Dodger Theatricals, the producing powerhouse behind The Music Man, 42nd Street, Urinetown and the upcoming Into the Woods and Dracula, has withdrawn from the League of American Theaters and Producers, a spokesman for the Dodgers confirmed.
"The Dodgers believe that the league doesn't represent their own business interests at this time," spokesman Adrian Bryan-Brown said in a statement.
Like Disney, Dodger Theatricals will now negotiate union contracts and other deals independently from the league, but this will not mean Dodger product cannot be eligible for Tony Award consideration. It is thought the withdrawl stems from the Dodgers not being included in labor concession talks following the Sept. 11 tragedy in New York. A handful of producers sought pay cuts to weather the period of tourist-theatregoer trepidation after the terrorist bombings in New York, but Dodger shows were apparently not included in those talks.
"There is dismay in the house and among the producers" that unions will not consider Music Man as falling under the same criteria of...other Broadway shows that got concessions last week, Bryan-Brown told Playbill On-Line at the time (Sept. 26). Those shows — Les Miserables, The Phantom of the Opera, Rent, The Full Monty, Chicago and Kiss Me, Kate — were considered brand name shows that rely heavily on tourist trade. Their casts and crews agreed to a 25 percent across-the-board pay cut for a limited period until business picked up again. "The Dodgers believed the league was approaching labor as a group effort," Bryan-Brown told the trade paper, Variety, at the time. IATSE was reportedly not considering any more petitions for concessions for four weeks, but Music Man, internationally known and running longer than The Full Monty, eventually got the break from unions.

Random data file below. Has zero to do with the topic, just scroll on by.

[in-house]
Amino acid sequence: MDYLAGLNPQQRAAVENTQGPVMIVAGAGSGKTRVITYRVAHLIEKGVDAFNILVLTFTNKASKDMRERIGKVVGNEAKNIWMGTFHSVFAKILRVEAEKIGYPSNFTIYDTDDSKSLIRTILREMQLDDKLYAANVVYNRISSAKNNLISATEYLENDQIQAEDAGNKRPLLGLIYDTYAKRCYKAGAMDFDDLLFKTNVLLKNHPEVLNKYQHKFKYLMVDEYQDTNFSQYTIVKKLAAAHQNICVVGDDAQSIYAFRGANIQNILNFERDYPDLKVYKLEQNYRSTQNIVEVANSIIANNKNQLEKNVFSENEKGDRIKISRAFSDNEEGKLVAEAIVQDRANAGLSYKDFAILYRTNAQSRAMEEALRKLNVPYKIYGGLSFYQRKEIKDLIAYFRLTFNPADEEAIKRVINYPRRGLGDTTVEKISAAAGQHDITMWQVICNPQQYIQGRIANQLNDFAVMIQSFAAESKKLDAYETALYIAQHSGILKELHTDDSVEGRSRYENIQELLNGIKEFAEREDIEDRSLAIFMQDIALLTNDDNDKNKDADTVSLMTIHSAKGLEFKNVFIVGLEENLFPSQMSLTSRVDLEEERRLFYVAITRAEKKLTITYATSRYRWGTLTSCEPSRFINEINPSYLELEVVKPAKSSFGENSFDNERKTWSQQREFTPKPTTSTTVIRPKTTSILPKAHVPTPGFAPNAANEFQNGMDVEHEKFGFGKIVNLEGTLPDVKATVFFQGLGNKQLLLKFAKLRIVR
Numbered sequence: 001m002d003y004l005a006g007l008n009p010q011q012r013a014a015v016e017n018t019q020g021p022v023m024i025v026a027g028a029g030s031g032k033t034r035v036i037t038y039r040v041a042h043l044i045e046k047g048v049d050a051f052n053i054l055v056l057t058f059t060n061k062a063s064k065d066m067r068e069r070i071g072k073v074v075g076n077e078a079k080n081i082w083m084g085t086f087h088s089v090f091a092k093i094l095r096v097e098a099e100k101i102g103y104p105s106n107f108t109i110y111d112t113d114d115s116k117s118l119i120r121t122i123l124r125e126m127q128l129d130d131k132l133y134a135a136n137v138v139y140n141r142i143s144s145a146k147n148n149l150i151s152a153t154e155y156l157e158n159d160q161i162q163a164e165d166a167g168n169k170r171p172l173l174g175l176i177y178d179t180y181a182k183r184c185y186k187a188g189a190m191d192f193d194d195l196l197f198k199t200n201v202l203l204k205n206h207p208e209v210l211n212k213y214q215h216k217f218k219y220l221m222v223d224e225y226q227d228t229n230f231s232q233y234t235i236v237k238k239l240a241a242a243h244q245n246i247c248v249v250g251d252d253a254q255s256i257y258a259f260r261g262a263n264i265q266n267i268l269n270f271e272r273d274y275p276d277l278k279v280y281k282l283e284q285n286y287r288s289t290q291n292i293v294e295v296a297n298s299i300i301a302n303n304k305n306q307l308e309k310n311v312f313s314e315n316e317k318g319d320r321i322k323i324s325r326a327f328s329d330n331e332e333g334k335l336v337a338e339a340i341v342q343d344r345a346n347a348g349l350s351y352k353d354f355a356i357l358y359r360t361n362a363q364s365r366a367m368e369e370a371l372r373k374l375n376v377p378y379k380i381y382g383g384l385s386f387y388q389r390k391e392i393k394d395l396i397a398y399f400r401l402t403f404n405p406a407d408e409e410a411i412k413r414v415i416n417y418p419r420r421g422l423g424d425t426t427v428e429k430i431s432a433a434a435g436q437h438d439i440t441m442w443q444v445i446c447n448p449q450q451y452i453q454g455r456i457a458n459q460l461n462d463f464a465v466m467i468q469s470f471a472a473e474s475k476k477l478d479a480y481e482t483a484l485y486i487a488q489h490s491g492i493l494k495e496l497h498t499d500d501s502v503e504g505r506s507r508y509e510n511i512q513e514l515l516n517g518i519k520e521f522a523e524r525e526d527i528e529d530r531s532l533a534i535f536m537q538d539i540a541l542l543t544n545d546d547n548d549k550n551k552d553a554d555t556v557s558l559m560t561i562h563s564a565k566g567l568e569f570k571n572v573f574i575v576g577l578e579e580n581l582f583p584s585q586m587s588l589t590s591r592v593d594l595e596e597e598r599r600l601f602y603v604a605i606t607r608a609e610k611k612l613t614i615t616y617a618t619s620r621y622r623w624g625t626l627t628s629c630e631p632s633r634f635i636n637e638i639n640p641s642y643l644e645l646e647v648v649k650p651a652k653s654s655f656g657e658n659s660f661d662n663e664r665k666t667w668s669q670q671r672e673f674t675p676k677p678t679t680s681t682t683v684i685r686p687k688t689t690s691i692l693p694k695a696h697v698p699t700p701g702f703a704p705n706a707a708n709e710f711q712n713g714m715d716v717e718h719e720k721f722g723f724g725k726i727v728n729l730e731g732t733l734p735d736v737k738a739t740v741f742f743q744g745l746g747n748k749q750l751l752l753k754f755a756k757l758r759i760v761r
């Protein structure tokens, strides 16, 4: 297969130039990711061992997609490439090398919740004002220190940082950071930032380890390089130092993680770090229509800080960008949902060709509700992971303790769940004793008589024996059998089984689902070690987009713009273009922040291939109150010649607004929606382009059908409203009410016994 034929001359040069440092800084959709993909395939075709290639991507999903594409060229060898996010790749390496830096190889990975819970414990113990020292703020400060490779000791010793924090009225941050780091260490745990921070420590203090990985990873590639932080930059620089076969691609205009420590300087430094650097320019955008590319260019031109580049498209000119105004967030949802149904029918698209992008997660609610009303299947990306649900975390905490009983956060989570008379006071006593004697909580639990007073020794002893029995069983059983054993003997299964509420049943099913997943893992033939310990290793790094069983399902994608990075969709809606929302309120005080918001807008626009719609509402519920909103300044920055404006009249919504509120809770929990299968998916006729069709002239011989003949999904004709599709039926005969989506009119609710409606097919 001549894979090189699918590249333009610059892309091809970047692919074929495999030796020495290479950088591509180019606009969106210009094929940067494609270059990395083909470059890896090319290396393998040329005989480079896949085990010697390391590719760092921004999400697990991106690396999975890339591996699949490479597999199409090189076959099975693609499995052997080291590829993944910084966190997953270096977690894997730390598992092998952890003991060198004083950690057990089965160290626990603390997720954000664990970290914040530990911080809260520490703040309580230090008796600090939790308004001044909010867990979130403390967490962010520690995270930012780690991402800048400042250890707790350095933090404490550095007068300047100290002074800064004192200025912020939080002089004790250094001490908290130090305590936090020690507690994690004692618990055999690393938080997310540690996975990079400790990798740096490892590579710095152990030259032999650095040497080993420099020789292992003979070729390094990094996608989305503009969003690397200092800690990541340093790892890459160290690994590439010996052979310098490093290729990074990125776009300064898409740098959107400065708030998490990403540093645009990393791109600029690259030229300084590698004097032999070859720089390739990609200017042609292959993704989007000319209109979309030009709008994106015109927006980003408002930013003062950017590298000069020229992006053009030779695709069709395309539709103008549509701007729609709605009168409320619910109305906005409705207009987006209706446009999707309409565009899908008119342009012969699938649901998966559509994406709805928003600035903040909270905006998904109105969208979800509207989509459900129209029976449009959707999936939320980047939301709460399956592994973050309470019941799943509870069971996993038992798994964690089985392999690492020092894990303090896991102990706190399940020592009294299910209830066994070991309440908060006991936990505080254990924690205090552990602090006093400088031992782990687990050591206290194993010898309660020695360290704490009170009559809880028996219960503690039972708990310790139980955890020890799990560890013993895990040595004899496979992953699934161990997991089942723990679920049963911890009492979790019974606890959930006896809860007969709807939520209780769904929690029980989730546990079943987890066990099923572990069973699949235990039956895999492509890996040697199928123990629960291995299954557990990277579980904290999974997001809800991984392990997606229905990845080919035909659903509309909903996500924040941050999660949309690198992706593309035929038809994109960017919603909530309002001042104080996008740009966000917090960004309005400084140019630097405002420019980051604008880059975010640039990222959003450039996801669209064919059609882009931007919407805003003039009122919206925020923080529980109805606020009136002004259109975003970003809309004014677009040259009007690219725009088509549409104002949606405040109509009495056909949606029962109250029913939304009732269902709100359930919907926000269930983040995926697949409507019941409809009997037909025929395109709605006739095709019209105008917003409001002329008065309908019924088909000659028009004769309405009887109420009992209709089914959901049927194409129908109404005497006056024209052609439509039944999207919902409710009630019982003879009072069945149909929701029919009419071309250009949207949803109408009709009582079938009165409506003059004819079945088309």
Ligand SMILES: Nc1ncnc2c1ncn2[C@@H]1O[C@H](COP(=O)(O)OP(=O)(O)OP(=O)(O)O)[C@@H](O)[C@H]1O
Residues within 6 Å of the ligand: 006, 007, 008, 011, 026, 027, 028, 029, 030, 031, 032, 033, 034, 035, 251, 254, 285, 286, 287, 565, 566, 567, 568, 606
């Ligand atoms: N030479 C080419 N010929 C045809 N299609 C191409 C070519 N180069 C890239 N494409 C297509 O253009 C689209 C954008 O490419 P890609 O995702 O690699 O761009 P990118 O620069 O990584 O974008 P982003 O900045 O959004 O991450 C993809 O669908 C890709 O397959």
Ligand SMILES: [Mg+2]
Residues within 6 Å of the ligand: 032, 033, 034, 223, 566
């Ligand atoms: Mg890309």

There was speculation in the theatre community that Dodger Theatricals was initially kept out of the concession plan because it was sending out a non-Equity national tour of The Music Man. Actors' Equity's Alan Eisenberg said in Variety that it would never put its members out of work to punish a producer. Dodgers Theatricals' Tony Award-winning 42nd Street weathered the storm without concessions. Those close to the show said a non-Equity 42nd Street tour is in the works.
According to Variety Nov. 12, "Insiders speculate the Dodgers' membership translated into approximately $200,000 in assessments and fees to the league this year, and its departure from the trade org represents a significant blow to its power and influence in the industry."
Dodger Theatricals is a theatrical producing partnership comprising Michael David, Robin de Levita, Doug Johnson, Des McAnuff. Rocco Landesman, Edward Strong and Sherman Warner.
— By Kenneth Jones